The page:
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From a renowned historian comes a groundbreaking narrative of humanity's creation and evolution - a number one international best seller - that explores the ways in which biology and history have defined us and enhanced our understanding of what it means to be "human". One hundred thousand years ago, at least six different species of humans inhabited Earth. Yet today there is only one - Homo sapiens. What happened to the others? And what may happen to us? Most books about the history of humanity pursue either a historical or a biological approach, but Dr. Yuval Noah Harari breaks the mold with this highly original book that begins about 70,000 years ago, with the appearance of modern cognition.
From examining the role evolving humans have played in the global ecosystem to charting the rise of empires, Sapiens integrates history and science to reconsider accepted narratives, connect past developments with contemporary concerns, and examine specific events within the context of larger ideas.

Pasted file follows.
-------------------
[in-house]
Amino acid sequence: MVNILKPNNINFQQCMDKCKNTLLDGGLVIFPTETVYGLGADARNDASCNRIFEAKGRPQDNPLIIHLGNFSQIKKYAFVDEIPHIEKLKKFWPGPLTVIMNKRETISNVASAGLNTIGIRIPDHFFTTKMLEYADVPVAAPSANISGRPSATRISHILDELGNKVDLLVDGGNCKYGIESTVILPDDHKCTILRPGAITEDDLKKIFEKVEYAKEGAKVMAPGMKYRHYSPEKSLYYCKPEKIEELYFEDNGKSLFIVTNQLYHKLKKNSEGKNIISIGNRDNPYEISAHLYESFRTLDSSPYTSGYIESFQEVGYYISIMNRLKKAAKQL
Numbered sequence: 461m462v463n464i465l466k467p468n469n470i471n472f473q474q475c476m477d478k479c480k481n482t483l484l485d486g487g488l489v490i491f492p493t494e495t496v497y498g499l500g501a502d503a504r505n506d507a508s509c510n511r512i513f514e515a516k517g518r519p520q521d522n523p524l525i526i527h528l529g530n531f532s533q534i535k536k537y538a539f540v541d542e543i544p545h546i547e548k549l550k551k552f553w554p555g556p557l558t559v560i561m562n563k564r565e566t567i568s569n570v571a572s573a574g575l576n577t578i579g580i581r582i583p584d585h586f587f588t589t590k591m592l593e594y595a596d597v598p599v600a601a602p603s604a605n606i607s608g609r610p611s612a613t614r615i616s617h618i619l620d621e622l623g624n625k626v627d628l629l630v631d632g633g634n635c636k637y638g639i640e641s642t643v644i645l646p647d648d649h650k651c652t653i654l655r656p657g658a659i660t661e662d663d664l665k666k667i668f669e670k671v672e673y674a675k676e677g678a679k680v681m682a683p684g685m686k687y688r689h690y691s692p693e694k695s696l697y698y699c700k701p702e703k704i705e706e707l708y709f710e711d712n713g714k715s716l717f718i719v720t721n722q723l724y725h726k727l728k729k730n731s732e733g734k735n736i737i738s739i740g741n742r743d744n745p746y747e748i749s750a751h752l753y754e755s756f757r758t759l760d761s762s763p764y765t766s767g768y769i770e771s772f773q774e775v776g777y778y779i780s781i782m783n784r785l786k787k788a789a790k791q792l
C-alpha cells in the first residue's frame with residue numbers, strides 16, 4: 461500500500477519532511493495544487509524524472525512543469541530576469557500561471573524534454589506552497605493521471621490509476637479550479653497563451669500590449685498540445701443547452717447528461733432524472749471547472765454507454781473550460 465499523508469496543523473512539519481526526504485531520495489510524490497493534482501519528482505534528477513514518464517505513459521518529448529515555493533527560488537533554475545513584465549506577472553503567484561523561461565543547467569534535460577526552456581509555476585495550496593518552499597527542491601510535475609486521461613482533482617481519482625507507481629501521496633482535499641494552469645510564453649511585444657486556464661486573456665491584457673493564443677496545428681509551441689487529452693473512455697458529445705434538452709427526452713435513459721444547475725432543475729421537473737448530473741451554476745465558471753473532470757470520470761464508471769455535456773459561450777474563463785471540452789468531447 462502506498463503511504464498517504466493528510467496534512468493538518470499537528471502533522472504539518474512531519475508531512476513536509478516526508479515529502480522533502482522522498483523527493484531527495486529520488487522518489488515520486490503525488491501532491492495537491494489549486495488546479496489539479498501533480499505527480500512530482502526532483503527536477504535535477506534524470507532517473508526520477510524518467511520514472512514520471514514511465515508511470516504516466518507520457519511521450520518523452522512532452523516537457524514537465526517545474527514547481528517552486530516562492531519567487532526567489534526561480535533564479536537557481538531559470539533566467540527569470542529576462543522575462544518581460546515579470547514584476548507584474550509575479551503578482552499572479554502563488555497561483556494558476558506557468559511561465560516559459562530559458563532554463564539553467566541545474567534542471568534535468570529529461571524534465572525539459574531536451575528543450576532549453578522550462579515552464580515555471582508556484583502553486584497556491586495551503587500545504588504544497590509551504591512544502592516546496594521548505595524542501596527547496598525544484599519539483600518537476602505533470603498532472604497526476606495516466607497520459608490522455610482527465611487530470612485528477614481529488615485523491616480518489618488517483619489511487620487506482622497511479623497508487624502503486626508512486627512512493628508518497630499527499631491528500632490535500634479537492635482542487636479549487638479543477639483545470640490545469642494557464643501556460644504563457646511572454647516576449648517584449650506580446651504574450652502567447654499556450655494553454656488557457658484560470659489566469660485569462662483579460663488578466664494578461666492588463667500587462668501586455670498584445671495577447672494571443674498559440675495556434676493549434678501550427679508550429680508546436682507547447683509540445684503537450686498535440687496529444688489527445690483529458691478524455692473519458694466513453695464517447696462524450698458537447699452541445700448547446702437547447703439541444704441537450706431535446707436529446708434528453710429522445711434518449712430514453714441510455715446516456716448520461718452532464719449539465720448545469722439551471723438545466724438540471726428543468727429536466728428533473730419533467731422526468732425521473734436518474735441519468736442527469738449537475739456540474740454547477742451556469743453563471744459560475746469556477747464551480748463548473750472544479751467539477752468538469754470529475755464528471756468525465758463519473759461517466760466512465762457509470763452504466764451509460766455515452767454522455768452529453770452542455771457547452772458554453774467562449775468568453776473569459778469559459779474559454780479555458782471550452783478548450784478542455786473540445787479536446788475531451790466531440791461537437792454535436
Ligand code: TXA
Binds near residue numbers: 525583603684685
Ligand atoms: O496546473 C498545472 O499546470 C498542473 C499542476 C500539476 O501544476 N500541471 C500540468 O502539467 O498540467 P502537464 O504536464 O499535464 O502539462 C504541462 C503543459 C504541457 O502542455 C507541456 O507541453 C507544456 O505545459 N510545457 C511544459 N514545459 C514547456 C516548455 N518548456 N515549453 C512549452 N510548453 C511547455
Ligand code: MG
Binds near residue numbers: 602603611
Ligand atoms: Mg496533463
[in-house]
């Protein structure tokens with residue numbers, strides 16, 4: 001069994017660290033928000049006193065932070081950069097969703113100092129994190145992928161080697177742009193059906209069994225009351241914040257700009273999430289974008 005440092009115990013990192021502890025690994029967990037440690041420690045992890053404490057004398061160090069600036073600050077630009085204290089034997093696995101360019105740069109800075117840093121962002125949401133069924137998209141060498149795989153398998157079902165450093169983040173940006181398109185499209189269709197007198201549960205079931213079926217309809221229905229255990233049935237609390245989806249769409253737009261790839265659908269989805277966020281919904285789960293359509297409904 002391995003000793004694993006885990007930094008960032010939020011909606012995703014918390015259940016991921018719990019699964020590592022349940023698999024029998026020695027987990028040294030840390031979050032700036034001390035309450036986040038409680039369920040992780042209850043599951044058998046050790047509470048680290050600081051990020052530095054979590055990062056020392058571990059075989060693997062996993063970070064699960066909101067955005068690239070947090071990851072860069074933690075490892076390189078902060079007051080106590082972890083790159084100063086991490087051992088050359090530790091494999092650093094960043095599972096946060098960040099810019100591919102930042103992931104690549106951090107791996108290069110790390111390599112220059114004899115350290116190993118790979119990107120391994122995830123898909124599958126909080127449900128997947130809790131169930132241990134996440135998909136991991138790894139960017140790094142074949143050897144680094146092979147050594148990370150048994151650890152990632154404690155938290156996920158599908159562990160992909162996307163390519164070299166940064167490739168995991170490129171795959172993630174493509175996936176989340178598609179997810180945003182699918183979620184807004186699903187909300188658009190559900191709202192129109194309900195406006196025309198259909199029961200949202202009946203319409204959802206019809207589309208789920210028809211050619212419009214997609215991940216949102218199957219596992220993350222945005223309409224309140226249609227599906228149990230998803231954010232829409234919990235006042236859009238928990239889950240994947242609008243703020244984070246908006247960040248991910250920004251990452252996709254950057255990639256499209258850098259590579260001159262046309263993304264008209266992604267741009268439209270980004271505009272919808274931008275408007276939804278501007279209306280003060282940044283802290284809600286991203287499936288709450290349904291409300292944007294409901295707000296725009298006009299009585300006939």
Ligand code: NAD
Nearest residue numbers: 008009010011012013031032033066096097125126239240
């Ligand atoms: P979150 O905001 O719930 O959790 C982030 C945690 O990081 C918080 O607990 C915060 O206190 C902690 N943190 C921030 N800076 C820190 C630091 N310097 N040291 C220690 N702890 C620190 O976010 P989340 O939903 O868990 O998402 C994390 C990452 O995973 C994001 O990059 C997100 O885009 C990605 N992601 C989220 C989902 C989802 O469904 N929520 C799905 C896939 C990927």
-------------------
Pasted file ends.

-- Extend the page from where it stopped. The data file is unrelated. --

Dr. Harari also compels us to look ahead, because, over the last few decades, humans have begun to bend laws of natural selection that have governed life for the past four billion years. We are acquiring the ability to design not only the world around us but also ourselves. Where is this leading us, and what do we want to become? This provocative and insightful work is sure to spark debate and is essential for aficionados of Jared Diamond, James Gleick, Matt Ridley, Robert Wright, and Sharon Moalem.
|Name||Sapiens (MP3 Format) + Digital Bonus|
|Site Search Keywords||sapiens a brief history of humankind, Yuval Noah Harari|
|Meta Keywords||sapiens a brief history of humankind, Yuval Noah Harari, Derek Perkins, 0062316095, 978-0062316097,
sapiens a brief history of humankind audio, audible
- Incredible book, but... Review by ALBERTO PENHOS
He makes certain assumptions to build the narrative that are not necessarily true. The speculative may be confused with science. Beware!!
(Posted on 7/2/2019)
- First half was great Review by Orchidsand
The first half of this book was very interesting and I enjoyed it immensely. The second half has some interesting points but overall was rather boring.
(Posted on 6/2/2019)